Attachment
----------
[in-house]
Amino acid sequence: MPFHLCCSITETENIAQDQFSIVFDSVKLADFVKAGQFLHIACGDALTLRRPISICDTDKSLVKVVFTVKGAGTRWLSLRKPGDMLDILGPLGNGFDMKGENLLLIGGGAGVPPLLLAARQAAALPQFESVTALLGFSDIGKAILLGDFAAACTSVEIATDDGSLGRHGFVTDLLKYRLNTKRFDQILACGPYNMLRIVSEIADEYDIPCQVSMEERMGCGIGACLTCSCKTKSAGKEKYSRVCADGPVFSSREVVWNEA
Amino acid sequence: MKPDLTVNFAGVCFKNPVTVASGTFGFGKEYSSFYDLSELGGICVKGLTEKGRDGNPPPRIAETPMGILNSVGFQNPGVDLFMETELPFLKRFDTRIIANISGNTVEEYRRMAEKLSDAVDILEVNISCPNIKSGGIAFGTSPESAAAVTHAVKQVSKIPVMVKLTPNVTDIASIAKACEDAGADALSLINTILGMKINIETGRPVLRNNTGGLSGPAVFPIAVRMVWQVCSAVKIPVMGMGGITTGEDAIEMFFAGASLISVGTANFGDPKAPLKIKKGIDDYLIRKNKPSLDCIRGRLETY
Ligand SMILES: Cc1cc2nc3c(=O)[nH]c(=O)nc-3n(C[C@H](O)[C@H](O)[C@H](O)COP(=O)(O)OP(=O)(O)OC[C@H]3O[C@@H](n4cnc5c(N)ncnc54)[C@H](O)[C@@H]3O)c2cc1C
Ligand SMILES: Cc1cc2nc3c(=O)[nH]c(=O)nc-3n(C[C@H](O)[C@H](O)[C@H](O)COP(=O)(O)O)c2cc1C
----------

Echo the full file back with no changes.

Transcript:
[in-house]
Amino acid sequence: MPFHLCCSITETENIAQDQFSIVFDSVKLADFVKAGQFLHIACGDALTLRRPISICDTDKSLVKVVFTVKGAGTRWLSLRKPGDMLDILGPLGNGFDMKGENLLLIGGGAGVPPLLLAARQAAALPQFESVTALLGFSDIGKAILLGDFAAACTSVEIATDDGSLGRHGFVTDLLKYRLNTKRFDQILACGPYNMLRIVSEIADEYDIPCQVSMEERMGCGIGACLTCSCKTKSAGKEKYSRVCADGPVFSSREVVWNEA
Amino acid sequence: MKPDLTVNFAGVCFKNPVTVASGTFGFGKEYSSFYDLSELGGICVKGLTEKGRDGNPPPRIAETPMGILNSVGFQNPGVDLFMETELPFLKRFDTRIIANISGNTVEEYRRMAEKLSDAVDILEVNISCPNIKSGGIAFGTSPESAAAVTHAVKQVSKIPVMVKLTPNVTDIASIAKACEDAGADALSLINTILGMKINIETGRPVLRNNTGGLSGPAVFPIAVRMVWQVCSAVKIPVMGMGGITTGEDAIEMFFAGASLISVGTANFGDPKAPLKIKKGIDDYLIRKNKPSLDCIRGRLETY
Ligand SMILES: Cc1cc2nc3c(=O)[nH]c(=O)nc-3n(C[C@H](O)[C@H](O)[C@H](O)COP(=O)(O)OP(=O)(O)OC[C@H]3O[C@@H](n4cnc5c(N)ncnc54)[C@H](O)[C@@H]3O)c2cc1C
Ligand SMILES: Cc1cc2nc3c(=O)[nH]c(=O)nc-3n(C[C@H](O)[C@H](O)[C@H](O)COP(=O)(O)O)c2cc1C